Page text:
Friday, September 21, 2007

America's Finest at Work

As of ten days ago, the nation has weathered six years without another major terrorist attack. We owe those years of safety to the work of law enforcement on every level, whether it's local police, Homeland Security or the TSA.

And in recognition of their fine work, let's review what the nation's men and women working in law enforcement and national security have accomplished lately:

A) Men who use the restrooms at the Minneapolis-St. Paul International Airport can now relieve themselves without fear of foot tappers. This is important, people. After all, it's not like there could be anything else to worry about in an airport with a 100,000 passengers moving through it every day.

On a personal note, I don't feel that threatened by foot tapping. It kind of pales compared to the time I was one of the first people seated on a flight and the aisle filled up with a slow moving line of passengers, one of whom pressed his erect penis against my shoulder (and his pants were polyester. Ewww.) But if you haven't had that happen to you, I can understand how foot tapping might be traumatic.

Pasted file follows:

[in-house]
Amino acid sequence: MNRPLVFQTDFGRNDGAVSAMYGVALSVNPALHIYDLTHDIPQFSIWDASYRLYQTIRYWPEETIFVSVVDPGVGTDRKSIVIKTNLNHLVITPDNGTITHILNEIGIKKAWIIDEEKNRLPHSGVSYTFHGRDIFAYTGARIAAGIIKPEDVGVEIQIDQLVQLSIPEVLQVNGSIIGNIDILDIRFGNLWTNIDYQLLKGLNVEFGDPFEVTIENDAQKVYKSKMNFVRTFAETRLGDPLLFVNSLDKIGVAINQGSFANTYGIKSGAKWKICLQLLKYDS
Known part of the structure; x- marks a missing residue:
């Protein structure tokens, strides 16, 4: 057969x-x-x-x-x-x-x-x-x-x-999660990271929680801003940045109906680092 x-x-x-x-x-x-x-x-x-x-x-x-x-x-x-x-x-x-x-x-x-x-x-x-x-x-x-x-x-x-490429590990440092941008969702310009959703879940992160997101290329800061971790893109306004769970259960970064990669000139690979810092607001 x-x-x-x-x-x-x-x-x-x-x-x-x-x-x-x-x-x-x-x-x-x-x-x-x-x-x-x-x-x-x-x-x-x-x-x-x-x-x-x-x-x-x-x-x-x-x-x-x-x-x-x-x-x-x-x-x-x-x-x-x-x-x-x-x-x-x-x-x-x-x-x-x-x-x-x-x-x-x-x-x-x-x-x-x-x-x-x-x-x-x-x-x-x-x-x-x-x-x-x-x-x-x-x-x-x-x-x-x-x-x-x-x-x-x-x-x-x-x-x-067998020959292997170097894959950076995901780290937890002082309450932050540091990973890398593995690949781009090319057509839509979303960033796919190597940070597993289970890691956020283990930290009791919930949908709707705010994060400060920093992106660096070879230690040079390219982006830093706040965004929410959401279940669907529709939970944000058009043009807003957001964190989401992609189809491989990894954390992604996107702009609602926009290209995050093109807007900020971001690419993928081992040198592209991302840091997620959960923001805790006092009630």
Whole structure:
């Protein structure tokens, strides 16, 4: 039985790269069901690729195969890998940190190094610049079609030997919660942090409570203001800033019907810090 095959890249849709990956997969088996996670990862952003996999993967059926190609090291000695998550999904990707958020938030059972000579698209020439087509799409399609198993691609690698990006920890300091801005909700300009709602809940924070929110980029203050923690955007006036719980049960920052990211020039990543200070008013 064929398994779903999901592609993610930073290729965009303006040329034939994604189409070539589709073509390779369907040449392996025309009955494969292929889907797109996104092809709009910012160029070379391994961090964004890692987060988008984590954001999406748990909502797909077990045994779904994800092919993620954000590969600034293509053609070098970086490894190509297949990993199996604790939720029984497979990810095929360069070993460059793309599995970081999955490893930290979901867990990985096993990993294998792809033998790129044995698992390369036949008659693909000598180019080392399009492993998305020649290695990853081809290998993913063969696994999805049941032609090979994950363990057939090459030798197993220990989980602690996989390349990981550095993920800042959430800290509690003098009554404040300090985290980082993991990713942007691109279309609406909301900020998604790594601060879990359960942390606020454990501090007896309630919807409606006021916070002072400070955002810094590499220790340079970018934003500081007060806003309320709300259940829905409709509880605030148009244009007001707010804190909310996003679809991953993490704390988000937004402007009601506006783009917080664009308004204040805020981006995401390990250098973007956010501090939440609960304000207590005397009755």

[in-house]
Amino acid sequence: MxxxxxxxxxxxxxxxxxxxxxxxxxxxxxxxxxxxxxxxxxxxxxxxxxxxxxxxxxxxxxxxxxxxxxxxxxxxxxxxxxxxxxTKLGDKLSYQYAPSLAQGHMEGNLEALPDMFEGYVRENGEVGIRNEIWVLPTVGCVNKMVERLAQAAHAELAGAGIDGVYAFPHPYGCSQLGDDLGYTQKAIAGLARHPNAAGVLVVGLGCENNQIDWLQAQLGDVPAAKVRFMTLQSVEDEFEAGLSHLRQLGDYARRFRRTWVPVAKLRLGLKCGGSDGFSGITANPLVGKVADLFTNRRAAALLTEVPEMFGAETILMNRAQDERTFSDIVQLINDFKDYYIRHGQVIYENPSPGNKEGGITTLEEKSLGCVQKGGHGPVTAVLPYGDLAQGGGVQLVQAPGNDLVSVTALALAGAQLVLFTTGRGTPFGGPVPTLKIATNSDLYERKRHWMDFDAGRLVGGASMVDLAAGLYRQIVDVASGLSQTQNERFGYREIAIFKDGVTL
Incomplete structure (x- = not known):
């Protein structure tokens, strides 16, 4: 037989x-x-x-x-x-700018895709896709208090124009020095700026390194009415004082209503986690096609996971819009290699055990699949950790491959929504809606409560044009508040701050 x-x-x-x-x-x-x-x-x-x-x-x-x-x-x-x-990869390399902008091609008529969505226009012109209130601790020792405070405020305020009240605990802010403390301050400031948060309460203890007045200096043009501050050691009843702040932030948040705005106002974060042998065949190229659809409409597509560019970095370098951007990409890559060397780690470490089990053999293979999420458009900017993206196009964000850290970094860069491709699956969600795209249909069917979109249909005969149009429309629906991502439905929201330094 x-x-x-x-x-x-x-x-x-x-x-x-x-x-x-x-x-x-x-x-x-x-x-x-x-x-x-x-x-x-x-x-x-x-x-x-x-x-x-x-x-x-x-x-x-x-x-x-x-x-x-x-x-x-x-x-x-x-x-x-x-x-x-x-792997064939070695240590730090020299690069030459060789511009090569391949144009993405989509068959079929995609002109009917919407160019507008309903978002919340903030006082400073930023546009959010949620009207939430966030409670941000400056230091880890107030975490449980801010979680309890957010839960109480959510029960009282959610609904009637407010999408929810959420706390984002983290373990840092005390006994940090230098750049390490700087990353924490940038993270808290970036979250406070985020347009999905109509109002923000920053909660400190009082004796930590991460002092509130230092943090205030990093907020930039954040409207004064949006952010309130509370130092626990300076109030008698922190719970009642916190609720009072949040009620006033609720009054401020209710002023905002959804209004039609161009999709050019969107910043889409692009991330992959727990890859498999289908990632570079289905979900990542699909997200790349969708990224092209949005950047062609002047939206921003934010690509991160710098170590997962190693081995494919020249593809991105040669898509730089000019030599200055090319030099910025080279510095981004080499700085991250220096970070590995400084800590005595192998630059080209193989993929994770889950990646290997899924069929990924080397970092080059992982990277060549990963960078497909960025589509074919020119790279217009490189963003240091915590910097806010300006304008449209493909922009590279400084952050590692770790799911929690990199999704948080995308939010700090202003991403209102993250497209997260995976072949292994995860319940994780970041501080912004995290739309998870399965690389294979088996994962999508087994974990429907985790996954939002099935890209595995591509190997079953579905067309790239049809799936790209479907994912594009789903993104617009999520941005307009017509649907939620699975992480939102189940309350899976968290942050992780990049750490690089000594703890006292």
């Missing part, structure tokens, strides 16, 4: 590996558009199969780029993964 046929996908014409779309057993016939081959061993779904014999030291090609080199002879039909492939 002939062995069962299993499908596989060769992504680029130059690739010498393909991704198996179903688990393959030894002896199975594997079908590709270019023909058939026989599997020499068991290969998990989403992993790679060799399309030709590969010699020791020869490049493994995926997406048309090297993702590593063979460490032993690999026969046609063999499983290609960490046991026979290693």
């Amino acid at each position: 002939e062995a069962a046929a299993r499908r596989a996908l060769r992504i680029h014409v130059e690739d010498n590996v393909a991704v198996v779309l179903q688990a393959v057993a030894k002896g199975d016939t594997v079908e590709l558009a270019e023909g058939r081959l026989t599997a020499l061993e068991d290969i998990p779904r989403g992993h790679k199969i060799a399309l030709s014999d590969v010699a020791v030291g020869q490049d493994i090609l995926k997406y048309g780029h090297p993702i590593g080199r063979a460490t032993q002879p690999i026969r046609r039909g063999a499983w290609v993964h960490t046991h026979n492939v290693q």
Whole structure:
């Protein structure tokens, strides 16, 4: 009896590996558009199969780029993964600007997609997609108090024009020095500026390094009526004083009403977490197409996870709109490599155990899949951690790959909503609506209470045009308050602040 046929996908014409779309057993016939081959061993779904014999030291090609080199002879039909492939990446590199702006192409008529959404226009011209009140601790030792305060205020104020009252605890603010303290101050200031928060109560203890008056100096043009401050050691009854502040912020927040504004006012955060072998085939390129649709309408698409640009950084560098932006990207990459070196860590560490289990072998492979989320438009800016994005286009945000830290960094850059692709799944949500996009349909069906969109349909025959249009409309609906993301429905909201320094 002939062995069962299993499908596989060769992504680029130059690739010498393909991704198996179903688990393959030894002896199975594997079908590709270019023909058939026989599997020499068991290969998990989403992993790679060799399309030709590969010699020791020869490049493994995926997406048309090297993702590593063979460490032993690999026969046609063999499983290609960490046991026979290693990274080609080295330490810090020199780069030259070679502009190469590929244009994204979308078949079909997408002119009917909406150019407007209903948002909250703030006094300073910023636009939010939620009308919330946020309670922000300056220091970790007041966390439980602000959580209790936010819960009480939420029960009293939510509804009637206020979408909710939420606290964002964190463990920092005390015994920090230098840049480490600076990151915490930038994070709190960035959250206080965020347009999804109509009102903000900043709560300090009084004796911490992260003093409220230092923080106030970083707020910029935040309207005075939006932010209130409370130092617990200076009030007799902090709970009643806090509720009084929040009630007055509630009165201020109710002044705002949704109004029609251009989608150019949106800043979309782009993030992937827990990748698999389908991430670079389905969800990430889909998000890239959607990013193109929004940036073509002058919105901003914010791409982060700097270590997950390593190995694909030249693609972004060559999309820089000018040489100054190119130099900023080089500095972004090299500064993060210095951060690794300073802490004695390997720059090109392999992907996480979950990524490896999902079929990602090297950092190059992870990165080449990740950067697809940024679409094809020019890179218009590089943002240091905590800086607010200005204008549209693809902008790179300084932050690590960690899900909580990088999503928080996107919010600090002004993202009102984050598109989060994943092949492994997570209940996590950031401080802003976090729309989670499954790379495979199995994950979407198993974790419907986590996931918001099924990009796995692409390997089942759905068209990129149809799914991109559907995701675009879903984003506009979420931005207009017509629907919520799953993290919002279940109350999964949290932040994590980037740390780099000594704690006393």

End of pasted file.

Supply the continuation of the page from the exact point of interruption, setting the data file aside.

Yes, Virginia, if Americans can ask each other for sex, the terrorists win.

B) We all know that the September 11 attack could have been prevented if only we had known what Mohamed Atta was reading. When he first tried to enter the US, he probably never would have made it out of the airport if baggage screeners had known he was carrying the pamphlet So, You Want to Destroy the World Trade Center. Now when you enter the United States--whether you're citizen, tourist or resident alien--airport screeners are collecting data on what reading material you're carrying. Don't you feel safer knowing that Electronic Frontier Foundation co-founder Ron Gilmore has been reading Drugs and Your Rights? I do.

I can think of dozens of ways this information can be used to improve the quality of American life. As a start, I've written to the Department of Homeland Security asking them to keep track of the people who read Nicholas Sparks and keep them the Hell away from me (I haven't heard back yet).


C) This is the Homeland Security coup of the year: British musicologists can no longer enter the U.S. with impunity. The residency visa of Nalini Ghuman has been revoked. It's obvious: the undergrad years studying music at Oxford, the Ph.D. at Berkeley, the scholarly articles on Elgar--all cover. She was just lying low and keeping dark until the day she could walk into a seminar on harmony and counterpoint with bombs strapped to her chest and take out a roomful of music majors.

Keep it up guys, I'm feeling safer every day.

1 comment:

Angela said...

Did you see the latest New Yorker cover?

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